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MLB Trade Rumors: Astros’ Roy Oswalt Must Stop Demands; Go to Phillies

Roy Oswalt is one of the best pitchers in Major League Baseball. Even at the age of 32, he’s still got the talent to pitch at All-Star caliber.

However, his brains are a whole other story.

Jayson Stark of ESPN reported today that the Astros’ ace would okay a deal to any team that acquires him with only one condition. Sadly, the condition is nuttier than pecan pie.

He wants the team to guarantee his $16 million option.

In 2012.

This kind of demand seems so ridiculous, it’s as if Oswalt is extremely reluctant to leave town. He’s said multiple times how loyal he is to the city of Houston, and by making the prerequisite so high, he’s making it very hard for himself to leave.

And that’s his mistake. He needs to make like a newborn and head out.

Staying in Houston is a death sentence for Oswalt’s career. Yes, the Astros have had some good seasons in the past, but since the team’s World Series run in 2005, Houston hasn’t returned to the playoffs, and attendance has dropped each season.

Should we cast Oswalt for the Green Mile remake?

Not so fast. Oswalt’s clearly the diamond in Houston’s rough. While Oswalt is well below his career averages for ERA and WHIP this season, his record is a subpar 6-11, and that’s due to his teammates.

The Astros’ roster isn’t the worst in the majors, but some of the people surrounding Oswalt are more qualified to work at Denny’s than play baseball.

That’s why his demand makes as much sense as underwater arson. There won’t be much winning in Houston during the rest of Oswalt’s career, so why make it nearly impossible to go to a winner?

Even Einstein’s stumped.

If he waives this demand, everyone comes out as a winner. The Philadelphia Phillies are the front-runner to acquire Oswalt’s services, and he fits in that city better than the cheesesteak.

At this point in his career, Oswalt must be craving a return to glory and a chance to hoist the Commissioner’s Trophy. Why not join a team in a tight division race who has represented the National League in the World Series the past two years?

The only better way to guarantee winning is if he takes his talents to South Beach.


Both teams should be egging the pitching ace to give up his standards. The Astros are in a clear rebuilding process and can use solid prospects to build up their core. Oswalt is the kind of player that commands a couple of top-tier minor leaguers.

And no one has more young talent than the Phillies. Not even the Chinese gymnastics team.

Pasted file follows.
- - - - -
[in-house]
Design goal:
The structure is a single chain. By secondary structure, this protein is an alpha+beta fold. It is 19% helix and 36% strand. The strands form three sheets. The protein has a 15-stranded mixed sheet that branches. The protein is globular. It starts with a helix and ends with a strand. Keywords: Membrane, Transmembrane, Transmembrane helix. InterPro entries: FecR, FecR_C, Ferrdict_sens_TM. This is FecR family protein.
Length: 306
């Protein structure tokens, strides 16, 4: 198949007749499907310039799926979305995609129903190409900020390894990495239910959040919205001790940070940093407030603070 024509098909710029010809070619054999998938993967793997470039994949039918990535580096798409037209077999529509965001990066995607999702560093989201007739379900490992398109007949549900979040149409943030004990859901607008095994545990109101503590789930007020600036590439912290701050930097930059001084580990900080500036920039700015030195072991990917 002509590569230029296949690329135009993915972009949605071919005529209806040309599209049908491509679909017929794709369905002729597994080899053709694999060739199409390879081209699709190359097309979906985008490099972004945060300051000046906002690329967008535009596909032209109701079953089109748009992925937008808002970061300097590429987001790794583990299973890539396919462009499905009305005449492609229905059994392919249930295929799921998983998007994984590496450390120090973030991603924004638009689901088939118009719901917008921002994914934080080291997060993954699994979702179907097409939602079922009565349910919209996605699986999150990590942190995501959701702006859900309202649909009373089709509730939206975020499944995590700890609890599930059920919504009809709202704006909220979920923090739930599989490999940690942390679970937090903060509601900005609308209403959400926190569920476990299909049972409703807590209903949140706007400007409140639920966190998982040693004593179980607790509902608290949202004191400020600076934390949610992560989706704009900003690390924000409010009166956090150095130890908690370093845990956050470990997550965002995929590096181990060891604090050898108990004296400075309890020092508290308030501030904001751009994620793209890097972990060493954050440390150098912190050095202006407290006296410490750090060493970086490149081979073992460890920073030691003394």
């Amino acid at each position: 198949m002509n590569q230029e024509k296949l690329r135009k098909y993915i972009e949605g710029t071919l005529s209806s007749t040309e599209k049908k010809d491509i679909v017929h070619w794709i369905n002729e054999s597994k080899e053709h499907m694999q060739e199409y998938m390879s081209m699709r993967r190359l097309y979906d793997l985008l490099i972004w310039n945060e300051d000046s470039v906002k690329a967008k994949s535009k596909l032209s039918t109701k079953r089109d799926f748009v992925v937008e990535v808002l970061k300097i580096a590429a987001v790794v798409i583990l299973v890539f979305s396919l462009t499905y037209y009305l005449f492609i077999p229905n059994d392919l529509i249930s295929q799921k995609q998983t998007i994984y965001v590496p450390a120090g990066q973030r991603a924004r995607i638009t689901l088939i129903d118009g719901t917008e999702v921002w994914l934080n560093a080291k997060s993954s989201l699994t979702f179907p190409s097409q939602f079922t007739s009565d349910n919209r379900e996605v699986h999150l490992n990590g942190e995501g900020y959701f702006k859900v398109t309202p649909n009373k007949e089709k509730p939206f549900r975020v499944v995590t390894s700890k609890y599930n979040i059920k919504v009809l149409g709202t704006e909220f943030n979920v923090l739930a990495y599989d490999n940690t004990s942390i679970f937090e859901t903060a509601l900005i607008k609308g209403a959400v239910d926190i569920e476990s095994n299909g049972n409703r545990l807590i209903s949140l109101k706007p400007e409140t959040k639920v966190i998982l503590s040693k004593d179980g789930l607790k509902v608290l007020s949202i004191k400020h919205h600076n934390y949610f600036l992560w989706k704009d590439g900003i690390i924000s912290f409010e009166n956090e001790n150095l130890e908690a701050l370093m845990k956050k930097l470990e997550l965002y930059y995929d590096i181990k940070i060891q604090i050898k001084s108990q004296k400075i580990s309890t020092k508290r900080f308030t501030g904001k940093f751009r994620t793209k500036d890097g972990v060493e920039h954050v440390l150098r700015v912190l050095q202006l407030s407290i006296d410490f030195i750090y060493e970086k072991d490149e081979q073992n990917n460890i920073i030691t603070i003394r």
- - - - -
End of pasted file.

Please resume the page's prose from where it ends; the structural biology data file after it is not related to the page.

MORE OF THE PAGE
On the other side, the Phils are struggling. Roy Halladay has been great, but not as dominant as Cliff Lee was. All their injuries have limited their offense, and the pitchers toward the end of their rotation are as trustworthy as Benedict Arnold.

Add another Roy, and that’s a chimera no one wants to face. In a seven-game series, seeing Halladay and Oswalt possibly five times is scarier than any Saw film. 

Yes, there are reasons why Oswalt would put this huge price tag on himself. He clearly won’t get $16 million in 2012 as a 34-year-old free agent, and if he’s being sent to a contender, it’s another year that he gets a chance to get the bling.

Those reasons, however, make even less sense.

First, if he can keep up near his career stats through the end of next year, he’s bound to get close to that value. For a nine-year veteran, does eight million dollars really matter if he’s holding more trophies than Cooperstown?

Second, what if he gets dealt to some chump squad? I’m sure he will regret being stuck until 2012 if he gets shipped to a team with a history of winning similar to the Cubs.

Obviously, the Phillies or another team could bend, and Oswalt could get what he wants: a trade and the guaranteed money.  That seems extremely unlikely, so why should Oswalt wait for Godot?

Just waive the clause. Hire some Astros fans to come into the office and do the Waive.

He can be loyal like Lassie in a different city. It’s a win-win-win for all sides involved, and if his only consequence is that he will lose the love of Houston, I’m sure a player with his skills can find some loving somewhere else.

Hell, he could switch to football, and his cannon arm would still be valuable.

Or he can stay in Houston, and get used to his ragtag bunch of teammates. He won’t see the playoffs until he’s on his couch watching FOX at 40 years old.

But hey, at least he’s not ditching town like LeBron. Pleasing everyone else should matter before pleasing himself, right?


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2010 MLB All-Star Game: Comparng American & National League Starters

On Tuesday night, the city of Anaheim will become relevant again as the top players in the MLB hit the field for the 2010 All-Star Game.

On Wednesday, it will go back to being a city that just added Los Angeles to its name for publicity.

But until then, there are two teams wrestling for something very crucial: home field advantage in the World Series.

While the exhibition may seem trivial to you, players want home field in the World Series as much as the Kardashians want their names in the news.